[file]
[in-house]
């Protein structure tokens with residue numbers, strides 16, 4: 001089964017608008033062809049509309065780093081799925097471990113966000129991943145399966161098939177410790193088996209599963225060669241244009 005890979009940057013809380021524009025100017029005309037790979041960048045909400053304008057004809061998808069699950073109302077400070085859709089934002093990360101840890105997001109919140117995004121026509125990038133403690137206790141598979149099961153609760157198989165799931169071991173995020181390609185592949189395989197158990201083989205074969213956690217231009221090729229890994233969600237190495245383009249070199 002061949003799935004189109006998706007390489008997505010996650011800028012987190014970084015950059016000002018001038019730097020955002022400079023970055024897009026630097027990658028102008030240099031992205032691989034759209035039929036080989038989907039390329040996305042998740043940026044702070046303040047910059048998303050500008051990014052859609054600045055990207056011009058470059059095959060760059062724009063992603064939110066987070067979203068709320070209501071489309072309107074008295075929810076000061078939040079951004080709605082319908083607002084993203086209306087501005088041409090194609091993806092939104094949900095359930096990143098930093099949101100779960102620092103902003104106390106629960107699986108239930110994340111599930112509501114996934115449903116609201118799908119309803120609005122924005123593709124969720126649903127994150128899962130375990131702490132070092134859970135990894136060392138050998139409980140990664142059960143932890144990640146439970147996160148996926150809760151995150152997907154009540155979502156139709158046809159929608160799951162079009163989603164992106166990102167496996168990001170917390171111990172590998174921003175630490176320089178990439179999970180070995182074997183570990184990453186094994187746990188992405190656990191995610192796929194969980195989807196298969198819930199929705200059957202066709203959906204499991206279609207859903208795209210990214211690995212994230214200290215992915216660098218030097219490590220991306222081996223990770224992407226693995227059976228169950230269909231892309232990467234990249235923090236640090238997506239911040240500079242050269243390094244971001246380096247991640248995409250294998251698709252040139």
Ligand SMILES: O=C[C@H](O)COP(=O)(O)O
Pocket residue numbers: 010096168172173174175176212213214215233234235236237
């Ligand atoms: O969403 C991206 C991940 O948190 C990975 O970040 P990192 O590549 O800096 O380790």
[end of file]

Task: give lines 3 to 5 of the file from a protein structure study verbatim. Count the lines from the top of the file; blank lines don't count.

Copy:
Ligand SMILES: O=C[C@H](O)COP(=O)(O)O
Pocket residue numbers: 010096168172173174175176212213214215233234235236237
């Ligand atoms: O969403 C991206 C991940 O948190 C990975 O970040 P990192 O590549 O800096 O380790």